Community Talks! Vol. 1, ep. 31.
In the interest of full transparency, I should probably admit now that I’m a bit of a city geek. Public transit, cycle infrastructure, city squares, you name it and I’m all over it. This love of cities even led to a short-lived (and probably ill-conceived) career in urban planning. After studying Planologie here in Amsterdam, I tried my luck in the London property game. It was unforgiving and definitely not for me.
But the love of all things urban has stayed with me. These days, I experience cities as they are meant to be experienced. Not in PowerPoint presentations and meeting rooms, but in the streets and parks with my own five senses. And I do. A lot. I’m lucky enough to live in one of Europe’s truly great cities, and there’s always something to explore around the next corner.
The 15-minute city
One of the things I love most about living in Amsterdam is the immediacy of the city. By that, I don’t mean it has the rough and tumble of New York or Paris. Anyone who’s visited the Dutch capital on a summer afternoon (when locals laze around parks and nearby canals), will know that this is definitely not the full-throttle metropolis of those cities.
So, what do I mean? Let’s take my neighborhood, for example. At first glance, it’s a fairly typical Amsterdam locale, albeit with a uniquely revolutionary past. There are shops, cafés, and restaurants. But stay a little longer and you’ll notice the book exchange, the streets given over to children’s play areas, the launderettes and music bars, and the hardware rental shop. And even more than that, the tangible sense of community.
In short, everything I need is never more than a 15-minute walk.
This is the core tenet of the 15-minute city, an urban concept that creates self-sufficient neighborhoods. Instead of funneling people into central areas, these neighborhoods ensure residents can access everything they need for daily life within a short 15-minute walk. As well as promoting accessibility, inclusivity, and sustainability, this polycentric concept also brings the immediacy of city life to the front door of each and every resident.
The benefits of the 15-minute city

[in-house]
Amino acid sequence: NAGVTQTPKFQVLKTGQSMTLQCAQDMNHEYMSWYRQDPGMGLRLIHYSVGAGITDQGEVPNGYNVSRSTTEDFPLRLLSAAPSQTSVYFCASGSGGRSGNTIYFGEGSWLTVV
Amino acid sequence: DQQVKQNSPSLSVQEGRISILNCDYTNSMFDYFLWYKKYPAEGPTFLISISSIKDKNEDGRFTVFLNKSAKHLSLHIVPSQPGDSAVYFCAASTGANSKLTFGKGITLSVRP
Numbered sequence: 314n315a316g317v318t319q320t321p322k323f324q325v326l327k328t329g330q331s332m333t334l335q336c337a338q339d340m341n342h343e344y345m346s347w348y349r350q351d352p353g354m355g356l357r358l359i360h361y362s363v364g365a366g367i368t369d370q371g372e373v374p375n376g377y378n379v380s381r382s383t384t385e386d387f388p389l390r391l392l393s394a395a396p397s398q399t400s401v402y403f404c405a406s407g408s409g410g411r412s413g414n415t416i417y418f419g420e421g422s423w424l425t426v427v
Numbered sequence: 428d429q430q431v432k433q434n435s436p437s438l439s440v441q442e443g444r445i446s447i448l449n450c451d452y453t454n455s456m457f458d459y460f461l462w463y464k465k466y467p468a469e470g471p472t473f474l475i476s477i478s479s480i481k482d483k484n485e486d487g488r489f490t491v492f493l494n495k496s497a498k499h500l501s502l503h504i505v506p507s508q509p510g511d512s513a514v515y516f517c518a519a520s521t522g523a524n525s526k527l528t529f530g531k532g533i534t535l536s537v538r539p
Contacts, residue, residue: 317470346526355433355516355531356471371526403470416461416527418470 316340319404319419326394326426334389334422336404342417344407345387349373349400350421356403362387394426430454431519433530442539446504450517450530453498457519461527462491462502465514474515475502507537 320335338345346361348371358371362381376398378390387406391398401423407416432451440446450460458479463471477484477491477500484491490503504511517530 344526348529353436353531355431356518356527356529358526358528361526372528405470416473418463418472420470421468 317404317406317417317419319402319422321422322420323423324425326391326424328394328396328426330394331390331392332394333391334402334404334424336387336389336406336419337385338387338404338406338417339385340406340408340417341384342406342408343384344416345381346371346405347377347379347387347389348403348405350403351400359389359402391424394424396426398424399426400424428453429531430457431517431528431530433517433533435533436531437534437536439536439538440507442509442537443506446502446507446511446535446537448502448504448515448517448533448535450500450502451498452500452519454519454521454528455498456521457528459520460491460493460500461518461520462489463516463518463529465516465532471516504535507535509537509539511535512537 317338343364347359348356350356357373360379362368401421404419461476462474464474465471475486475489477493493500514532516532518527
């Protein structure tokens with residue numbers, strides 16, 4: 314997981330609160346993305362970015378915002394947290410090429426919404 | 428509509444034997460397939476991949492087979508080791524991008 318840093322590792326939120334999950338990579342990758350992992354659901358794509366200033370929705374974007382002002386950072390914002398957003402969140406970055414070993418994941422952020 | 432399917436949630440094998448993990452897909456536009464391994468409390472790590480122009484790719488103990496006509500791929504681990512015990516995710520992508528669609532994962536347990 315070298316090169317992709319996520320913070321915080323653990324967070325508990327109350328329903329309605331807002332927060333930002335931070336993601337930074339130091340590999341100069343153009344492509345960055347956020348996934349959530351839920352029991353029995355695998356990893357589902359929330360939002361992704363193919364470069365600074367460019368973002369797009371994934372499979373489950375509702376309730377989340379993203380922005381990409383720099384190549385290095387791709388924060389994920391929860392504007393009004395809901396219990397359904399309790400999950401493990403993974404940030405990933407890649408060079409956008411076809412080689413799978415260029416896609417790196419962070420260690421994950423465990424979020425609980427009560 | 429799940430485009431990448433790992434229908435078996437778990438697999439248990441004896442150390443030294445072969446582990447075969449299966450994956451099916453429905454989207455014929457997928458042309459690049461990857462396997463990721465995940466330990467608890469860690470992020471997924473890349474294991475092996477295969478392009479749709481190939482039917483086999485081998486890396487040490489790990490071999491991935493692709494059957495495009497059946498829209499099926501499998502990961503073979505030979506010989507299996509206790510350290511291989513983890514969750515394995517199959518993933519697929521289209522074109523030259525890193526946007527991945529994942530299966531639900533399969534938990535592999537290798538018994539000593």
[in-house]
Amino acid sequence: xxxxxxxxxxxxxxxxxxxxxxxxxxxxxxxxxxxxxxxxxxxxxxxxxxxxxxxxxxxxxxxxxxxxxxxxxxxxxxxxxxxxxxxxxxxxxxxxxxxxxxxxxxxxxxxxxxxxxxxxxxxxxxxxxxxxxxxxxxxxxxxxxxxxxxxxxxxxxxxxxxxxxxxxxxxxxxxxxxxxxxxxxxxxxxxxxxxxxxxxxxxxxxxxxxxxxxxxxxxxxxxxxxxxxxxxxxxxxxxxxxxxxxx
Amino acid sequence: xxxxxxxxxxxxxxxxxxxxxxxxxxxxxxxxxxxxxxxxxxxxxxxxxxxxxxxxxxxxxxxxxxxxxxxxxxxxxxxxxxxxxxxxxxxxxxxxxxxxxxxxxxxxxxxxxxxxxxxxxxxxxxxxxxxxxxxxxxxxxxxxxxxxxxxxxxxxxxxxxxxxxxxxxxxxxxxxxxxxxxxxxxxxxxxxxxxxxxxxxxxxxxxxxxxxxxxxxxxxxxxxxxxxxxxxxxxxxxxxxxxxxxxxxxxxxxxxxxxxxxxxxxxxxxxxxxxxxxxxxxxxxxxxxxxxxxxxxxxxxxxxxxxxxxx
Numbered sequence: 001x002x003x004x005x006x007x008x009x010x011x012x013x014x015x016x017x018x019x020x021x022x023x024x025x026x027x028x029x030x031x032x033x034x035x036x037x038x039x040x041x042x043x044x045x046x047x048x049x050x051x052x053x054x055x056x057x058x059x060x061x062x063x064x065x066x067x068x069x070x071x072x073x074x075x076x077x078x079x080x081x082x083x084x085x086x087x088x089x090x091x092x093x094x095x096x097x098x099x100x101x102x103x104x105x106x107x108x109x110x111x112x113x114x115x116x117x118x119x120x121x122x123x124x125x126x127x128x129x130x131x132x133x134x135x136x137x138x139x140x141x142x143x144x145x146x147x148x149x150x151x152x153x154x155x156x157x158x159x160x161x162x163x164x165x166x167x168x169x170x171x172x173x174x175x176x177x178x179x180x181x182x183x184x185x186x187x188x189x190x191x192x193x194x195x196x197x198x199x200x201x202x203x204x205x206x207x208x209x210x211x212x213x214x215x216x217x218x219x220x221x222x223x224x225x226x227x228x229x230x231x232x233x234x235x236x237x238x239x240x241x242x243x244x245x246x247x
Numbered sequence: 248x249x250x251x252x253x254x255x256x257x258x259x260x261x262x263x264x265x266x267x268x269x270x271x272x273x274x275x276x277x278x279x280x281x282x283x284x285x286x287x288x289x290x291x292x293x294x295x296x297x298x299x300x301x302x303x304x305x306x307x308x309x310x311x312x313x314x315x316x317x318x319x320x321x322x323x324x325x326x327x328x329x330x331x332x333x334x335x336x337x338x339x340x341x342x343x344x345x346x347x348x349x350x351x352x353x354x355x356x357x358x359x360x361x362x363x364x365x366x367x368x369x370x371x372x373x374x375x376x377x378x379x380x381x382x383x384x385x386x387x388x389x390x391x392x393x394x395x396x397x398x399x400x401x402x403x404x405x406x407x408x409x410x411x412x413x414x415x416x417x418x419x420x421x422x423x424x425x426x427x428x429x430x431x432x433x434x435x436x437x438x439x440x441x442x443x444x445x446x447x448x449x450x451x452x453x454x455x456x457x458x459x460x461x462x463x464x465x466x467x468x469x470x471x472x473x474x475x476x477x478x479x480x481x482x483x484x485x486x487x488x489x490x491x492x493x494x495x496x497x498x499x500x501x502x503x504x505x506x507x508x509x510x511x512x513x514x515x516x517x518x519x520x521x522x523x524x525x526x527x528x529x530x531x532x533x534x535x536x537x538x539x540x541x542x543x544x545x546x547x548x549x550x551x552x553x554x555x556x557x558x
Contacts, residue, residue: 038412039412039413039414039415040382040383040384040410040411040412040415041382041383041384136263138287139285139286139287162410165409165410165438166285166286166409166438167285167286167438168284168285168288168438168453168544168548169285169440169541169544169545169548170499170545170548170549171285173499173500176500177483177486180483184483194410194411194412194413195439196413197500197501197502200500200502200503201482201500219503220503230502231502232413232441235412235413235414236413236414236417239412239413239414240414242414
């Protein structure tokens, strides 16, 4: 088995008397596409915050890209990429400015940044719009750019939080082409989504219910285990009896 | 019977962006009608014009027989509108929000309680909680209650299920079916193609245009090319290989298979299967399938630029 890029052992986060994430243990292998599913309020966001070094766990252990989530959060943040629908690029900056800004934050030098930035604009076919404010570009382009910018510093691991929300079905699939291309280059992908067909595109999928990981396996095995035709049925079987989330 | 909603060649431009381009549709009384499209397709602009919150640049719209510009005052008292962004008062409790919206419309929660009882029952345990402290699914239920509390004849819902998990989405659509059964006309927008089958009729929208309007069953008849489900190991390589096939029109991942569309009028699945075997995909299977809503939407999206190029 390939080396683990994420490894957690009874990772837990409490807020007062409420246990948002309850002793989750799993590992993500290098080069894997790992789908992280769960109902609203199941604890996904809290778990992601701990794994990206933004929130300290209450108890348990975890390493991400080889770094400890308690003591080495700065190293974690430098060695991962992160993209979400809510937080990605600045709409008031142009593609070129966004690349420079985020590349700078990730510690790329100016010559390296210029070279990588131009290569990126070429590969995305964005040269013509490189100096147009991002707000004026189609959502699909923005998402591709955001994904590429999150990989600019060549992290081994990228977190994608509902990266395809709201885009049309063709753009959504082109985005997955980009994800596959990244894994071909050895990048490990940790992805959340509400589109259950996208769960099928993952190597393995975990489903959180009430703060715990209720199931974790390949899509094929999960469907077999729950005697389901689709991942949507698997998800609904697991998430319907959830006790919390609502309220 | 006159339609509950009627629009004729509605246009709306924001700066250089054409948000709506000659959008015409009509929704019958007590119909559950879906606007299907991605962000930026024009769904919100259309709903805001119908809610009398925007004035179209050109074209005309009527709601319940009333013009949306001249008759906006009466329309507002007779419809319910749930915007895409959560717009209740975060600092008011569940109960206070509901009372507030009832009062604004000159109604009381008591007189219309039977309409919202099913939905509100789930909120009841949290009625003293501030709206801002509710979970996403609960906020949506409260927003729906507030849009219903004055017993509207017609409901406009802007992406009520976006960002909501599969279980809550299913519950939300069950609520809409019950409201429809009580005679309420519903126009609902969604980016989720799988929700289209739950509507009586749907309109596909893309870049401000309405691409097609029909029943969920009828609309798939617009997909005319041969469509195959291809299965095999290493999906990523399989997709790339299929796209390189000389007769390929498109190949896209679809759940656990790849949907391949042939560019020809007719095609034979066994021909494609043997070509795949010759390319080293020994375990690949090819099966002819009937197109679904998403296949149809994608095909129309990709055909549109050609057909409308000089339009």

The advantages of living in a 15-minute city are plentiful. But I only have 500 words, so here are just a few:
A fairer, closer community
Instead of dormitory districts where workers simply sleep, 15-minute neighborhoods embed residents into their local areas. With less time spent commuting for work and leisure, people spend more recreation time connecting with their neighbors and local places and spaces.
Greener living through convenience
Without the need to travel into central areas, residents can make greener travel choices that promote health and well-being. Walking to the local shops quickly becomes the norm, and streets can be opened for play and recreation thanks to less through traffic.
Having a sense of belonging to something larger than ourselves, such as a local community, is an intrinsic part of what makes us human – and what makes us happy. And, from personal experience, I definitely know a forty-minute tube ride in rush hour does not spark joy.
The next 15 minutes
There’s currently a lot of great work going on around the world on the concept of 15-minute cities. Places like Melbourne and Paris are actively implementing similar policies, and hopefully, it’ll spread to other countries and communities. Maybe it’ll even spread to yours?
But a 15-minute city is more than simply a concept of urban planning. It’s a way of life that brings us back to basics. Back to a time that has, in many places, been forgotten in favor of a more commodified, compartmentalized existence.
Because what transpires in the name of progress doesn’t always make us happier. Sometimes we need to stop and smell the roses. And sometimes we need to go back to go forwards.
Christian Lapper! Love this article.
This just made me realize how much I love living in Malmo, and how grateful I am to be able to be here. Everything is at 15min walking from me, going to work, doing groceries, enjoying activities with friends and the locals, it's amazing!1
Christian, you've just given me heimwee :-)
I lived in Amsterdam some 25 years ago and something that made it quite cozy from what I remember is the variety of boutiques, restaurants and cafes, small art galleries and antiquarians, that give Amsterdam and other cities their unique character. This contrasts the chain concept stores repeated over and over again that are perhaps more common in other cities and make them, arguably, more anonymous. Agree?0
Mariana Cañavera H. Thanks! Malmo is definitely a fantastically walkable city. inriver chose the HQ location well!0
@... Totally! Endless chain stores suck the character out of cities. However, when comparing to the UK, I think it's the lack of chain restaurants here that I most enjoy. There's something slightly soul-destroying about being served up the exact same dish on every high street.0
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